Nuclear option has a positive purpose
First, the primary purpose of possessing nuclear weapons is deterrence. Imagine how much more overt Vladimir Putin’s aggression in Ukraine would be if he were unconstrained by the possibility of nuclear conflict with the West. Trident’s missiles are not currently targeted on population centres and, for all we know, the Prime Minister’s secret instructions in the event of a nuclear attack on the UK are not to retaliate.
Second, the removal of nuclear weapons from Faslane, even if it did precipitate the UK’s unilateral disarmament, would have no effect whatsoever on the USA or France, not to speak of Russia, China, Pakistan or North Korea.
So Scotland’s repudiation of Trident would be an empty moral gesture, doing nothing for international disarmament, and leaving the Scots in the hypocritical position of free-riding on American nuclear defence. Nuclear weapons are not the cause of international mistrust, but the effect. Unilateral disarmament would not make the world a safer place.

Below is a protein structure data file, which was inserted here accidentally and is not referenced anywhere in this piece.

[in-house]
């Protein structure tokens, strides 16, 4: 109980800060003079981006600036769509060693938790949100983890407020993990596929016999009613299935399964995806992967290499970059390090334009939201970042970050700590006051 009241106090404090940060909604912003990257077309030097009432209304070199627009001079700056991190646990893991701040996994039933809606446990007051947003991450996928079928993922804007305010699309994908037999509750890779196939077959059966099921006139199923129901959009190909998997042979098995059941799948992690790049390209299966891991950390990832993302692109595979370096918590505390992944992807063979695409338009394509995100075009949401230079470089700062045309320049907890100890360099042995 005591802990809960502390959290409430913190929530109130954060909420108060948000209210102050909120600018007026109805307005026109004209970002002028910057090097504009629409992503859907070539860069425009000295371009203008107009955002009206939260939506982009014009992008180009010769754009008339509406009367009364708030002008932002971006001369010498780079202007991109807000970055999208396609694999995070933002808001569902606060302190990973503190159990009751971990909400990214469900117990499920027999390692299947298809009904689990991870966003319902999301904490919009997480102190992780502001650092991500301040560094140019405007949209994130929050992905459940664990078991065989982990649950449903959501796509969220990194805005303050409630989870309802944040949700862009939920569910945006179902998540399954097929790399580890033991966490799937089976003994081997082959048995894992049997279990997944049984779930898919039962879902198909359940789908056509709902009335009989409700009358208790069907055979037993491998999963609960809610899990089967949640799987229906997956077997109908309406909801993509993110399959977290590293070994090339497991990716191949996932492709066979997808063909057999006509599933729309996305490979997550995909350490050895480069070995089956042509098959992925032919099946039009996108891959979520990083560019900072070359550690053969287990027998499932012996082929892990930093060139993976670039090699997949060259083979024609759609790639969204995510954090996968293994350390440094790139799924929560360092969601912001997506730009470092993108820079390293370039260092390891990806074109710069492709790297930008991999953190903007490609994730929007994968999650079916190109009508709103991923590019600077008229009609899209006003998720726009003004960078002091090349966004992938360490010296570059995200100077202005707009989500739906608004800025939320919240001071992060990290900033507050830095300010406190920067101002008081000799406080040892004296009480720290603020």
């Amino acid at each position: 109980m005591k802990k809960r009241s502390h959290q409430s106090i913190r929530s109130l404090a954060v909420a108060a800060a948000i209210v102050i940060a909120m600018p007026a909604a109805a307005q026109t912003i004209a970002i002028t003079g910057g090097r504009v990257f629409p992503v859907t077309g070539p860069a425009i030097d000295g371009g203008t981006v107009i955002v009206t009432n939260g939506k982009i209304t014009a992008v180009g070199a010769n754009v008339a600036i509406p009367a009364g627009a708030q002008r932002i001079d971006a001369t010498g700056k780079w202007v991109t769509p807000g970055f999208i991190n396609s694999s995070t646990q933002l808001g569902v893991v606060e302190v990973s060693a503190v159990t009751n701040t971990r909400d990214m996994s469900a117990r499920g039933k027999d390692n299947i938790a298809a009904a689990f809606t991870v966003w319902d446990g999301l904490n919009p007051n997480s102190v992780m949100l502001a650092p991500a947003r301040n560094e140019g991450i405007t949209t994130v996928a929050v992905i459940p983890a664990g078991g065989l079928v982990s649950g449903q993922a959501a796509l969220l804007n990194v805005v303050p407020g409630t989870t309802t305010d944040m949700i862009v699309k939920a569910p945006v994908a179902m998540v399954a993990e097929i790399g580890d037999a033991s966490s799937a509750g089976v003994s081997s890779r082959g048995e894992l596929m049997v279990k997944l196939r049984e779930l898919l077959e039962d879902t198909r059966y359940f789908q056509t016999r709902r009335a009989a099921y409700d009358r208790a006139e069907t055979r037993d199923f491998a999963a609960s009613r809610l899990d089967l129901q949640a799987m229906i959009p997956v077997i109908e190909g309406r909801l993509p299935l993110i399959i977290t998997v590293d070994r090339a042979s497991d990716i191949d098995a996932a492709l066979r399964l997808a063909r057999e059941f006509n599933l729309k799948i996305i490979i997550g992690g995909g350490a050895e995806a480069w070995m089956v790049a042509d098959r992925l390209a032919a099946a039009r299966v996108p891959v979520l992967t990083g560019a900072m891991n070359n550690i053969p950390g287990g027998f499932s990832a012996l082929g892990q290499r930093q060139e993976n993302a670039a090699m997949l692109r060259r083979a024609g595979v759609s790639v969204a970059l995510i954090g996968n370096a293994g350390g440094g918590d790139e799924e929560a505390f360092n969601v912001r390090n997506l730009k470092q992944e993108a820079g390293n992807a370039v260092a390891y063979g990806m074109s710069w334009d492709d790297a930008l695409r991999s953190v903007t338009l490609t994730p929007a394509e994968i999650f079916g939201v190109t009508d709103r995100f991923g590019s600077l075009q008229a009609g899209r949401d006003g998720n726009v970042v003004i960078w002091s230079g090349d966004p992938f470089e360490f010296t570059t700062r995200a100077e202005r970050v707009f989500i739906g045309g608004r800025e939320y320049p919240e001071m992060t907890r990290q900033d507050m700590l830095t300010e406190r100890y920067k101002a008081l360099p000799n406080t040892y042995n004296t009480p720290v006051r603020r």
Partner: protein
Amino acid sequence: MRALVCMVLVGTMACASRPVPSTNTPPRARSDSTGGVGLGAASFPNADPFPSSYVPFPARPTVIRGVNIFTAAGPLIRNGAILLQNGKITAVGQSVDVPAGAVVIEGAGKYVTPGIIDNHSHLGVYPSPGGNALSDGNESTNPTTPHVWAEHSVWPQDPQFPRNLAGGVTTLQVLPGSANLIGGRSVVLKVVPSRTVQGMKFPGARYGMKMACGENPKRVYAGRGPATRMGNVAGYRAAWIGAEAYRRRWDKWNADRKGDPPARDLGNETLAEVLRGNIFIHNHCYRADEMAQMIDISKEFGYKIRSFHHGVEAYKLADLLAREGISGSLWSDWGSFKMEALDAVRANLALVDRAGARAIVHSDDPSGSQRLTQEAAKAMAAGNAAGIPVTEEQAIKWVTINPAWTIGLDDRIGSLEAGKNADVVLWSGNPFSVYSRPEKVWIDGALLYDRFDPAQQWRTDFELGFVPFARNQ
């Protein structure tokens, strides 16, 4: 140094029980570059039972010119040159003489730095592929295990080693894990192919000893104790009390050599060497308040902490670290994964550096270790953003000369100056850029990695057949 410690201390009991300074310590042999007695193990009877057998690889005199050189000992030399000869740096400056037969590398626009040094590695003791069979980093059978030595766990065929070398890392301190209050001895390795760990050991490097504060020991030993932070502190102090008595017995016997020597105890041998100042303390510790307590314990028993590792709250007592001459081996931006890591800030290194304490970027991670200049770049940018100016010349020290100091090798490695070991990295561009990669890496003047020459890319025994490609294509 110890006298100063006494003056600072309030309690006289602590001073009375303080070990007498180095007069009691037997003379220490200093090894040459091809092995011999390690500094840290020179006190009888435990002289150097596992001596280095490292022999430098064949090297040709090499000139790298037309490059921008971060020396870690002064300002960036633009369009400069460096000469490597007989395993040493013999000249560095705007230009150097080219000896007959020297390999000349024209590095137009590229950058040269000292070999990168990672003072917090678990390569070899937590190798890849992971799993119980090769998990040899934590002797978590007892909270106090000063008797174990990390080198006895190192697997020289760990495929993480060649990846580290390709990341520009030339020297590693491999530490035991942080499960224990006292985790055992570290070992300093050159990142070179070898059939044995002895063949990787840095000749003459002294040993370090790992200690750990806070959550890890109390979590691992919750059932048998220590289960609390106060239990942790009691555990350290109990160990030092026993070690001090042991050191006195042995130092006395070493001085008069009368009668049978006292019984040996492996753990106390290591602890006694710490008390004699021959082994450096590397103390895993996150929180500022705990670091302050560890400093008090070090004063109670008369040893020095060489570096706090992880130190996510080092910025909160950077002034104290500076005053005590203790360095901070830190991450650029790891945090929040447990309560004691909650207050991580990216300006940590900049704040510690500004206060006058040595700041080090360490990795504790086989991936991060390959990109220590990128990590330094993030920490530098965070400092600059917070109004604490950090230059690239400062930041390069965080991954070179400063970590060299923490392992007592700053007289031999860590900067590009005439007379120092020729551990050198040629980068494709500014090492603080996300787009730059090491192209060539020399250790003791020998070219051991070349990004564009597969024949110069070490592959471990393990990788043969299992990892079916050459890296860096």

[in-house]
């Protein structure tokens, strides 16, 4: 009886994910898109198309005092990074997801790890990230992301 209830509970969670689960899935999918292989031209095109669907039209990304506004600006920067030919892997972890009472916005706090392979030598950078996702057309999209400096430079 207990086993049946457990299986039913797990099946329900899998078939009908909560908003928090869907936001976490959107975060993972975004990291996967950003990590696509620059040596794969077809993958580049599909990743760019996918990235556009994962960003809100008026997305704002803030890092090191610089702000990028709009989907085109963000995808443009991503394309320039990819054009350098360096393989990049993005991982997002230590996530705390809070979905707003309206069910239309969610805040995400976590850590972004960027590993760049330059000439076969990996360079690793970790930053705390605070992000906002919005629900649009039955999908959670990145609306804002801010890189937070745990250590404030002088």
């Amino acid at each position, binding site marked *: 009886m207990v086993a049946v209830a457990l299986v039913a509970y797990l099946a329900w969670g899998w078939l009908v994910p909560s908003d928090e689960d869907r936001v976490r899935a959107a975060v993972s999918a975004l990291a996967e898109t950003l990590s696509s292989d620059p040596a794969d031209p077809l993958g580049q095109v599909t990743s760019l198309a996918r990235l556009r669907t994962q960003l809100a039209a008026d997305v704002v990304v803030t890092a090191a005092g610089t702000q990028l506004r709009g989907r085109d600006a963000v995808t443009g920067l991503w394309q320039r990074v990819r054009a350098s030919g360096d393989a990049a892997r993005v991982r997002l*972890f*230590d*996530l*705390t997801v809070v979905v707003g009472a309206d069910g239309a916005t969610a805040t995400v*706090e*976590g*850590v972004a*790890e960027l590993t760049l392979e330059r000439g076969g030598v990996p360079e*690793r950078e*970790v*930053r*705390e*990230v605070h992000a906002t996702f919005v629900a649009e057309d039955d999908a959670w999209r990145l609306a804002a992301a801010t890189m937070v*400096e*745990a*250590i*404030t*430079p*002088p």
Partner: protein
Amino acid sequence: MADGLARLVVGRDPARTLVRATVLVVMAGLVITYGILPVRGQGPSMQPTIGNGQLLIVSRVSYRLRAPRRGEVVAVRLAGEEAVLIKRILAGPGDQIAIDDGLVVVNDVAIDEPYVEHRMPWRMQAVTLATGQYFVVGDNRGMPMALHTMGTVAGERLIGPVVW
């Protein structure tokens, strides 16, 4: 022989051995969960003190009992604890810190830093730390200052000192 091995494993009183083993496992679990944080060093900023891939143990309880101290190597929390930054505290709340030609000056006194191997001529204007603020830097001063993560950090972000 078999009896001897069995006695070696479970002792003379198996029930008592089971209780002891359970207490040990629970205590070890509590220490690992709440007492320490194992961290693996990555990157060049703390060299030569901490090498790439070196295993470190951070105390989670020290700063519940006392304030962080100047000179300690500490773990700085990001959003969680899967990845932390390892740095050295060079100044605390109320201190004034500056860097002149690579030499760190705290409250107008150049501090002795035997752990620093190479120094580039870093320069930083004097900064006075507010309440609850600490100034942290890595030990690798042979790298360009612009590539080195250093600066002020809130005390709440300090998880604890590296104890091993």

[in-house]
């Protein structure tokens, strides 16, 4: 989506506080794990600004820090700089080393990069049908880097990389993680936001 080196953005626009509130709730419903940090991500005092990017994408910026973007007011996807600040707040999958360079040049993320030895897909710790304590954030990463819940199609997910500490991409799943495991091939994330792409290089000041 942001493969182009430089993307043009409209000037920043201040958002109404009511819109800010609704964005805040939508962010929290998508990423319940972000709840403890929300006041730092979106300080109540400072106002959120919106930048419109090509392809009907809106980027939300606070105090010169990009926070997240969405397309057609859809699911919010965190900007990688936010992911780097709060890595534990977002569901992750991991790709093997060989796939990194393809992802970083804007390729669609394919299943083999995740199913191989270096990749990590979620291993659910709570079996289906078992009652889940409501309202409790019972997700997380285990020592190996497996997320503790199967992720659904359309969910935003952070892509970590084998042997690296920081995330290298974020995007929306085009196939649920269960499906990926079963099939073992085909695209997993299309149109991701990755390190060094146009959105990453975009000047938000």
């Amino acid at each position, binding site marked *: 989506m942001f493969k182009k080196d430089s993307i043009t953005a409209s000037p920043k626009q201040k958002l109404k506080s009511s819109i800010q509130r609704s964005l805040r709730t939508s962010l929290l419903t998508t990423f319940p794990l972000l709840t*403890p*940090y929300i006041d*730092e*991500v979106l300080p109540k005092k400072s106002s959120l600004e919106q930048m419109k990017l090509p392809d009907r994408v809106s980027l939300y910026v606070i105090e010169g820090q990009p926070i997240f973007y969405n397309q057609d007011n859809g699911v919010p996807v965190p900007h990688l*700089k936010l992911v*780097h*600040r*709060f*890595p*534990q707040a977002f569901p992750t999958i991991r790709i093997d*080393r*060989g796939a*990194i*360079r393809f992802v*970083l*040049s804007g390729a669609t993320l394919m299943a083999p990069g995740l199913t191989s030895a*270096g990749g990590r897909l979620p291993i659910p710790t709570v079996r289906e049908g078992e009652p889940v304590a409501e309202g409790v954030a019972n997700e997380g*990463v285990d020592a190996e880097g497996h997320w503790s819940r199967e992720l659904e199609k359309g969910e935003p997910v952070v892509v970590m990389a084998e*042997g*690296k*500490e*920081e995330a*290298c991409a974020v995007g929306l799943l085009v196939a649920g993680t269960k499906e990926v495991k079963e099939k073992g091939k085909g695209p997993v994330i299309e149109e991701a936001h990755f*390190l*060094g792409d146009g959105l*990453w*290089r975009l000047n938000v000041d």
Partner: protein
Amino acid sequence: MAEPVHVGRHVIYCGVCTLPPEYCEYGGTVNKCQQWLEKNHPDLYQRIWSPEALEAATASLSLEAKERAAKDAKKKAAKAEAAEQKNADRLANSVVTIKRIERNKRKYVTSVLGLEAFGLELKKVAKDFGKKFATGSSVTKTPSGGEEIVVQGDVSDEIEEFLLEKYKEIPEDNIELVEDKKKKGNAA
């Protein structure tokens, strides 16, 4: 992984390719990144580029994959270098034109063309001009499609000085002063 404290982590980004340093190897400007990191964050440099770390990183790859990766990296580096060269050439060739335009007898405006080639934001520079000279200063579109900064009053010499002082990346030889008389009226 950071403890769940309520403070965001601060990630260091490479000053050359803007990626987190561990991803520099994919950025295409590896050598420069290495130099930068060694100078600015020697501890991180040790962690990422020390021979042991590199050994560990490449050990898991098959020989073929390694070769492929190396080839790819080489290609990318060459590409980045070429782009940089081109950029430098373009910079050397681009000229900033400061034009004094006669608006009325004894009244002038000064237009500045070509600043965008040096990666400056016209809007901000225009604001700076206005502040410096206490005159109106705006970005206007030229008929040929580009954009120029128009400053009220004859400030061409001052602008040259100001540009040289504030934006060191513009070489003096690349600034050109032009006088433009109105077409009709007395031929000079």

Regius Professor of Moral and Pastoral Theology
University of Oxford;
Director, McDonald Centre for Theology, Ethics and Public Life
As the independence debate has moved on to the defence of Scotland and the UK I have heard politicians from both sides state specifically that the UK has the fourth largest defence budget in the world.
Set that statistic against the fact that the army has been so reduced in numbers and equipment it couldn’t defend the Isle of Wight (let alone the Falklands the next time Argentina sneezes), the RAF has been reduced to about 100 aircraft and the Navy’s only aircraft carrier is still in pieces at Rosyth, and won’t have aircraft to fly until 2020 at the earliest.
One has to ask what on earth Westminster gets for that world’s fourth largest military budget – it hasn’t spent it on the new Trident, because those bills haven’t been paid yet… so what the devil has the Ministry of Defence done with our money?